THE TEARS - THEY HAD FALLEN FROM HEAVEN
FOR I TOO CRY MANY A TEAR WHEN I TURN MY EYES TOWARD MARKS, MISSISSIPPI
Fifty years ago today, a mule train left the small town of Marks, Miss., bound for the nation’s capital. They were answering a call to action the Rev. Martin Luther King Jr. made just days before he was assassinated.
“We’re coming to Washington in a poor people’s campaign,” King announced at the National Cathedral in Washington, D.C., on March 31, 1968. “I was in Marks, Miss., the other day, which is in Quitman County, the poorest county in the United States. And I tell you I saw hundreds of black boys and black girls walking the streets with no shoes to wear.”
[How A Mule Train From Marks, Miss., Kicked Off MLK’s Poor People Campaign]
Dear Dr. Martin Luther King,
I highly commend you and praise you for your great work toward trying to end this egregious racial and economic divide in this country. And all the suffering, oh the suffering…. I will cry now!
I, too, see all those beautiful children in Marks, Mississippi walking the streets with no shoes to wear. I want to cry again, so I will….
Oh, Dr. King and too, if you only knew what was happening on the other side of the tracks, where the mostly white wealthier folks of Marks live…. Oh, I want to cry but now I am weeping, weeping so heavily. I can feel the suffering! I can feel her suffering…. I can feel my beautiful Josephine’s suffering!
Yes, the Emancipation Proclamation – the dream, the dream, the dream but why do many of my so-called countrymen and countrywomen still insist on creating these nightmares? Get off my land!
I look around, the year barely into 2021 and I see some positive movements, some doors opening and for this I am pleased, But I know, too, those of the demonic cloth are still being interwoven into our fabric of goodness and tranquility. Because of this I must carry with me the golden thimble.
Marks, Ms. (cont.)
The norm for blacks to live on one side of the railroad tracks and whites the other.
“So, these railroad tracks here, the blacks lived on that side and the whites lived on this side. And it was beautiful homes,” said Wilson. “As far as the restaurants and all that, we weren’t – they were segregated, and we weren’t allowed to go in them.”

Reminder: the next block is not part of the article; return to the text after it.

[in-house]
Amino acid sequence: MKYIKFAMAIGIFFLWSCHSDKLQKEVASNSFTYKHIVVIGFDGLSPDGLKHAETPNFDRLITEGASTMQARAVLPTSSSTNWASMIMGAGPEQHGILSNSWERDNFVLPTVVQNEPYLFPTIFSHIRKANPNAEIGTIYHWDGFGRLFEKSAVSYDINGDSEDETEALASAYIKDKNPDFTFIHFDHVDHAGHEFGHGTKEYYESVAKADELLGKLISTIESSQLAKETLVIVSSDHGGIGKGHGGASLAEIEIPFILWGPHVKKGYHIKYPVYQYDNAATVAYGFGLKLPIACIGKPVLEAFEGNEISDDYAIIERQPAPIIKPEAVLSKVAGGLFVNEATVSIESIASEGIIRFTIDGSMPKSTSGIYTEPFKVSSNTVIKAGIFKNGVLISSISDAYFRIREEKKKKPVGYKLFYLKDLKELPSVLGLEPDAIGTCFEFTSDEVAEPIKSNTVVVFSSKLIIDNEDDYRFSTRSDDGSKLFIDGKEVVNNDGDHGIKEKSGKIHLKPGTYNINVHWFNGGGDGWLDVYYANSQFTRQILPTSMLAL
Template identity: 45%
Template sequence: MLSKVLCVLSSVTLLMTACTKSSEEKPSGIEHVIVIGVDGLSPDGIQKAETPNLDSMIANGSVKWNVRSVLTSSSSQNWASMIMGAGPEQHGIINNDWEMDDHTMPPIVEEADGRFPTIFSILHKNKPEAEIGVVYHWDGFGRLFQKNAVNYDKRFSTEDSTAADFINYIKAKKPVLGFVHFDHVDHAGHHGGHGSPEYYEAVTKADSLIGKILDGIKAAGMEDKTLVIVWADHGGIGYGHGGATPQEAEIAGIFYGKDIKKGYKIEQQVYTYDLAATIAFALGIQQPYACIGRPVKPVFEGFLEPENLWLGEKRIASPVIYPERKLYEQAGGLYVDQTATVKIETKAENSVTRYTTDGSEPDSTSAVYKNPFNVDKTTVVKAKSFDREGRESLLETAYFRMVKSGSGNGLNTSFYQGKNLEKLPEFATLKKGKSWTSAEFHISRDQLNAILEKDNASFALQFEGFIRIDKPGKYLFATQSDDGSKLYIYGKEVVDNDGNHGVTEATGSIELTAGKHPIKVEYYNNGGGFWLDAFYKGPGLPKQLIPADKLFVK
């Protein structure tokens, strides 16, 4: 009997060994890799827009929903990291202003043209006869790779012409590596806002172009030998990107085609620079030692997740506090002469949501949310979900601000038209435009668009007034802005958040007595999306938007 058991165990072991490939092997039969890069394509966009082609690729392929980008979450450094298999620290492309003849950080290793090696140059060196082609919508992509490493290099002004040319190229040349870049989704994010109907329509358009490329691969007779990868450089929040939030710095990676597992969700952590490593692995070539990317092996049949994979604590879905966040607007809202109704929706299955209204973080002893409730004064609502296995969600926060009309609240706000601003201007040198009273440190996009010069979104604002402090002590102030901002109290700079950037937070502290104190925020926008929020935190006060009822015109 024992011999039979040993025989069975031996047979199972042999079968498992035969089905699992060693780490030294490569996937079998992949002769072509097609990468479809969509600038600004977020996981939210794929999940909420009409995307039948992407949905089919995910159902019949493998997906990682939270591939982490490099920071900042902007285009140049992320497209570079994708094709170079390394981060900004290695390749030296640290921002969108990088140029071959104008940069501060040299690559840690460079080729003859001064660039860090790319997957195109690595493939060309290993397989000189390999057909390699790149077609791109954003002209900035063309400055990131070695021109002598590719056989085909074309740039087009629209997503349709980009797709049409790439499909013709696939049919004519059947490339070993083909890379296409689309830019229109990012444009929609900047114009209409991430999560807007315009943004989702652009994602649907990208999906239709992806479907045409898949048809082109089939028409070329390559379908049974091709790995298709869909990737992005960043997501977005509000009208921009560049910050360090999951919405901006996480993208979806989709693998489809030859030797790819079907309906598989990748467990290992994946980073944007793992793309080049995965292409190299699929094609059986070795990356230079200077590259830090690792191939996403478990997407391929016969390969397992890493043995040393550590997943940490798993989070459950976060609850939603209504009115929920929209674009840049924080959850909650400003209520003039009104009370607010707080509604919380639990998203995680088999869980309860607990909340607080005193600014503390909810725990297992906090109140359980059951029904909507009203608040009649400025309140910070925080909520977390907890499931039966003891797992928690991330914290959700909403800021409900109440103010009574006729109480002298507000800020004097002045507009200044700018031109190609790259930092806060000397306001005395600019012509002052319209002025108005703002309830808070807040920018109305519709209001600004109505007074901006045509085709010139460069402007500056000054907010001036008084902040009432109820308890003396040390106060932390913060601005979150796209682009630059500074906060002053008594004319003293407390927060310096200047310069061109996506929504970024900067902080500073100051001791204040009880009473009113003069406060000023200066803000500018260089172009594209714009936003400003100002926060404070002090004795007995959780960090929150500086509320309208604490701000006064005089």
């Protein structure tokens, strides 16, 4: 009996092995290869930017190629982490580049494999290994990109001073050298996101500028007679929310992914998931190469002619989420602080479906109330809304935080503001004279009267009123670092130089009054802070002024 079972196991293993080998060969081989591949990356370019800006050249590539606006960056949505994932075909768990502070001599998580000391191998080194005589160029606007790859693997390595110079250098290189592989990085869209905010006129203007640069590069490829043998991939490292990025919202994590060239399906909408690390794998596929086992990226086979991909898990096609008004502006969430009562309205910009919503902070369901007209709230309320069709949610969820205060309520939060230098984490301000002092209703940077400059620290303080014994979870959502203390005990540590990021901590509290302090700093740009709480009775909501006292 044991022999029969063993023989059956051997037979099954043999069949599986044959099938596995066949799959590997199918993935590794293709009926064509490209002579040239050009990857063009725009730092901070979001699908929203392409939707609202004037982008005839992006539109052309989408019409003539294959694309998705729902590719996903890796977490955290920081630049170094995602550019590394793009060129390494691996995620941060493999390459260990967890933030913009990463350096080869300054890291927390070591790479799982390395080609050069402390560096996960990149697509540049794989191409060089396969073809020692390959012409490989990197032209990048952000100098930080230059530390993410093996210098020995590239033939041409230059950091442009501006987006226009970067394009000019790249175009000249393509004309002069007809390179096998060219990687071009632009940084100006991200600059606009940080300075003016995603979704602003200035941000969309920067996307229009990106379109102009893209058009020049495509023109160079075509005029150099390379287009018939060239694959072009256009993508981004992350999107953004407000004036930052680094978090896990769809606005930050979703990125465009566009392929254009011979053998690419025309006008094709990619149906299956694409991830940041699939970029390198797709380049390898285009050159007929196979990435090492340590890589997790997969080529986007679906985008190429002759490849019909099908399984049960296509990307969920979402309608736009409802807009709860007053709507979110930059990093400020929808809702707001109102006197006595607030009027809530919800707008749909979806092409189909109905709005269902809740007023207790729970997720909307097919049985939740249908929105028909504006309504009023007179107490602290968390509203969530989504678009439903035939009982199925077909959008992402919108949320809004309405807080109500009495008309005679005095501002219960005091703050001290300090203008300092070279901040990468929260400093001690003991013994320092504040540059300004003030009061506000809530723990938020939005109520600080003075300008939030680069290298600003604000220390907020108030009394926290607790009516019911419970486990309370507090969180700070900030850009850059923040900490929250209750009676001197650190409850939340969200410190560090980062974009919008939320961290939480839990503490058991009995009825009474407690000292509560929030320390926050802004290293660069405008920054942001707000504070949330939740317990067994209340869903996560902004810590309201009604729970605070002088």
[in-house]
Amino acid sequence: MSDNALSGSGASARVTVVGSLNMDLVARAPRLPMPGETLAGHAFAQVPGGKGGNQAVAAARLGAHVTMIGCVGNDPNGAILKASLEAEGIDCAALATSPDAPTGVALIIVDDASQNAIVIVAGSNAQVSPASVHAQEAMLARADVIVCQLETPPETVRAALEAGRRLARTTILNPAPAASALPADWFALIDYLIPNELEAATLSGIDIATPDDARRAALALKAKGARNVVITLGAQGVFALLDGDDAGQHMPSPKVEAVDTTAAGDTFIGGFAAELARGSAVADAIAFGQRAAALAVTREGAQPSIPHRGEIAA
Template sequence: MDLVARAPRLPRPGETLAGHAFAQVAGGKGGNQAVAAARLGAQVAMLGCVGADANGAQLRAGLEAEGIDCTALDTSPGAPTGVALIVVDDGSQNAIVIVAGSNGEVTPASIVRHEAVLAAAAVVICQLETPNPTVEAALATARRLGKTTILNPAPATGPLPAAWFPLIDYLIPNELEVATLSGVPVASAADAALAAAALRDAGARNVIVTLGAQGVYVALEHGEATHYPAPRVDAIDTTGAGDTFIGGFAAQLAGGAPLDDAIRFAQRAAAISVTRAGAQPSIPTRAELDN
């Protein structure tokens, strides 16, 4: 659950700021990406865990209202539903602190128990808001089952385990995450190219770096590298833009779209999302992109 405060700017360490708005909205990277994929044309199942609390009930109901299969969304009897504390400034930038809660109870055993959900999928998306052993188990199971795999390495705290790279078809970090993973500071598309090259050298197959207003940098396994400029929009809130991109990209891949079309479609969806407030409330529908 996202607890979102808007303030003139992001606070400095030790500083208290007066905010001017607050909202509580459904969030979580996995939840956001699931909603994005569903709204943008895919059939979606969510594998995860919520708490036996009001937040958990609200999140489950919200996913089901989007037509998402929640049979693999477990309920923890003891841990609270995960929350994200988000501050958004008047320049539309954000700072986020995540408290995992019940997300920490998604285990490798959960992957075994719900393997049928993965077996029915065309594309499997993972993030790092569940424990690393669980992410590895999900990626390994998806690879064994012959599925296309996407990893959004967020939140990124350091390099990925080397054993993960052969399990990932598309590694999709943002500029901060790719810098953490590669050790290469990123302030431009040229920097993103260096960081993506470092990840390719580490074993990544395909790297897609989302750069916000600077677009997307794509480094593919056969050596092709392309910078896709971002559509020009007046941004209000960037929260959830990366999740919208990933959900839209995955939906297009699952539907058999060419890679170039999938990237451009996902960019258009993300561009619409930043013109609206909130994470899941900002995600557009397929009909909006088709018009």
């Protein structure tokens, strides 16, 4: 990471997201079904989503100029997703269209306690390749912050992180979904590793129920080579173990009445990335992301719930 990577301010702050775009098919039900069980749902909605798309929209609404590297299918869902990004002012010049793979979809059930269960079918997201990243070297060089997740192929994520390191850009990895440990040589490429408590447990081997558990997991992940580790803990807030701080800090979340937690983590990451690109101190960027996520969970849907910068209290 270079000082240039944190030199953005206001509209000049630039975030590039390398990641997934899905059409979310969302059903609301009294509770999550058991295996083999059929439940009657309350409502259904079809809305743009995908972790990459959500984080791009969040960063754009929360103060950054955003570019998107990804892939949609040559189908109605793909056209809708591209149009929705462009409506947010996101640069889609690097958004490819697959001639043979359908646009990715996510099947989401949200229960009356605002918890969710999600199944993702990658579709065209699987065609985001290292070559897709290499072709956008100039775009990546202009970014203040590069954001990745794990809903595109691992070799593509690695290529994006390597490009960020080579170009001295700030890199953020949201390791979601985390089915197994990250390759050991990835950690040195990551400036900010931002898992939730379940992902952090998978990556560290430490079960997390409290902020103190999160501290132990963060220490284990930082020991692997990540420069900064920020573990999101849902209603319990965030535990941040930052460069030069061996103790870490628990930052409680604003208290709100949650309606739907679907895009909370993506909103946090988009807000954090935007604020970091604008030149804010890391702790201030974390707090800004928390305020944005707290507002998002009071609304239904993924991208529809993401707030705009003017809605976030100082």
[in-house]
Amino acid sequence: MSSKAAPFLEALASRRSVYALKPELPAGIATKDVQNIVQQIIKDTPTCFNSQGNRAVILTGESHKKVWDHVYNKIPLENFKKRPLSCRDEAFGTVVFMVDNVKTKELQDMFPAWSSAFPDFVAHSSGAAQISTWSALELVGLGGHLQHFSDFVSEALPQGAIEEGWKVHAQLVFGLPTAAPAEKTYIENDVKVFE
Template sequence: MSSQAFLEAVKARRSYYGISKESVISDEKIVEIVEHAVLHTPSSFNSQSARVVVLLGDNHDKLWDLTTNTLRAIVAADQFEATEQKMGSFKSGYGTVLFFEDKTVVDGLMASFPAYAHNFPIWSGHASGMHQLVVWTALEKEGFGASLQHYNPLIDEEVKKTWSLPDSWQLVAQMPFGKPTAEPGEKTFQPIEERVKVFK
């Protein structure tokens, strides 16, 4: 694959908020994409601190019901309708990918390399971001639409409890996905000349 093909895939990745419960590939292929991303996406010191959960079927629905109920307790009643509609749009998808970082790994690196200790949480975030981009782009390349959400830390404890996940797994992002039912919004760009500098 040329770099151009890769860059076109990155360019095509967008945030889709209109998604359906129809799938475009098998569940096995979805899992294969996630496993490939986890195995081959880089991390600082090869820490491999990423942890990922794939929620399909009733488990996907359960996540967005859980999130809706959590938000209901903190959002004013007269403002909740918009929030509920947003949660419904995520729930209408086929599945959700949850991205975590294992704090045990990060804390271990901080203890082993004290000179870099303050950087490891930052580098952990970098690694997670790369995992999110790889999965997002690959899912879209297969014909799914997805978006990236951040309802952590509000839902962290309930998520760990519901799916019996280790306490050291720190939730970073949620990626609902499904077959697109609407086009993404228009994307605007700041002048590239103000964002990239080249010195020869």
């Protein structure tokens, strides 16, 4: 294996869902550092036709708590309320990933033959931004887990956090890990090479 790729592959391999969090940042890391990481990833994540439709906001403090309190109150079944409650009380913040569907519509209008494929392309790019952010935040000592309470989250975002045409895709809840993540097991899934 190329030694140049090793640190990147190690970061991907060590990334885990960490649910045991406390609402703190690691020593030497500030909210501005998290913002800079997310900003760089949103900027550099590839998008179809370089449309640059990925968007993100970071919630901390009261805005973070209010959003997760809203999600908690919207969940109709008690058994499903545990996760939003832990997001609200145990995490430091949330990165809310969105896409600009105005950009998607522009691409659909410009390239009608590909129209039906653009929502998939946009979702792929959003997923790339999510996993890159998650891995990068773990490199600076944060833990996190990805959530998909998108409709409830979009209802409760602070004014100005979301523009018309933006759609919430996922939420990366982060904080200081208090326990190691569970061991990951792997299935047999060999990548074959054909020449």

Food was scarce for African-Americans back then in Marks. So scarce, Marks was the starting point of Dr. Martin Luther King Jr.’s Poor People’s Campaign in1968.
But there was a home on the “White Side” of the tracks where food was plentiful. The family there, lived on 300 acres of bountiful farmland. Wealthy by all measured standards!
On this White Side of the Tracks lived Mr. Joe Smith – a powerful, wealthy black man. On this side of the tracks lived Josephine – Joe Smith’s stepdaughter. And her many half-sisters and half-brothers- all well-dressed with plenty of shoes and coats and, and, and….
I am looking into this house on the farm on the “White Side of the Tracks” now and I am crying… Oh my Heavenly Father….
And here, too, is where Calvin Upshaw is from, who I recently saw on the American Idol’s auditions. His heavy emotions truly got to me. His tears, his pain, oh, how I felt them. All very real. As were Josephine’s. How much pain and suffering and torture she suffered – at the hands of her stepfather – Joe Smith. I want to cry now! So I will!
How is it my friend to walk the path alone…
-And feel the pain of broken bone?
How is it my friend to climb the hill of need
When you don’t know where the path will lead
How is it my friend — to see the things that remind you
-Of your life thought lost – now here to find you
Calvin, I applaud you, commend you and I am so happy you are from that place in Mississippi which represents so much good and too, unfortunately, where there was so much evil. There on the “White Side of the Tracks” on that 300 acre farm behind the curtains, behind the façade, unspeakable acts were being committed daily. I want to cry! So I will!
To be raped, beaten, tortured, spit on, burned – pretty much on a daily basis, oh I want to vomit! So I will!
Josephine received most of the abuse, maybe because she was the stepdaughter. All the suffering, all the abuse, all her suffering. My heavenly father, please….
You will ask me. Who is Josephine? She is my wife. And I met her when I went to visit my mother in the hospital on that Christmas Eve of the year 2009.
Me and my brother-in-law were told by the nurses attending my mother to step away for about fifteen minutes or so….
As my brother-in-law Danny and me were walking past one of the nursing stations, there were a couple of nurses talking amongst themselves.
Danny heard one of them say, “working me too hard!” So we stop in our “tracks” and Danny says to the one dark-skinned nurse, “Who’s working you too hard – your husband?”
She walks over to us. “No, my husband had passed away. I was referring to the doctors and some other staff members.”
And then, out of the blue, Danny says, pointing to me, “Well, he’s single!”
She looked at me and said, “Well, I’m Josephine. I’m the Charge Nurse on this unit!”
After the proper introductions and a bit of chitchat, Josephine looks at me with a glint in her eyes.
“I’m having Christmas at my house tomorrow and I’d like to invite you if you want to come over.”
I really didn’t know what to say at that moment. She didn’t know that I was on furlough from a Homeless Shelter. She didn’t know that I didn’t have a car. She didn’t know that all I brought with me was a few pair of second-hand pants and shirts.
I loved this compilation. It motivates me to learn more about the poor people’s movement because I am eager to see if the elements are similar to what I had personally envisioned of starting more than 2 decades ago that is in its infancy stages of starting now.
Thank you Mike and I am interested in learning more about what you had envisioned two decadesago!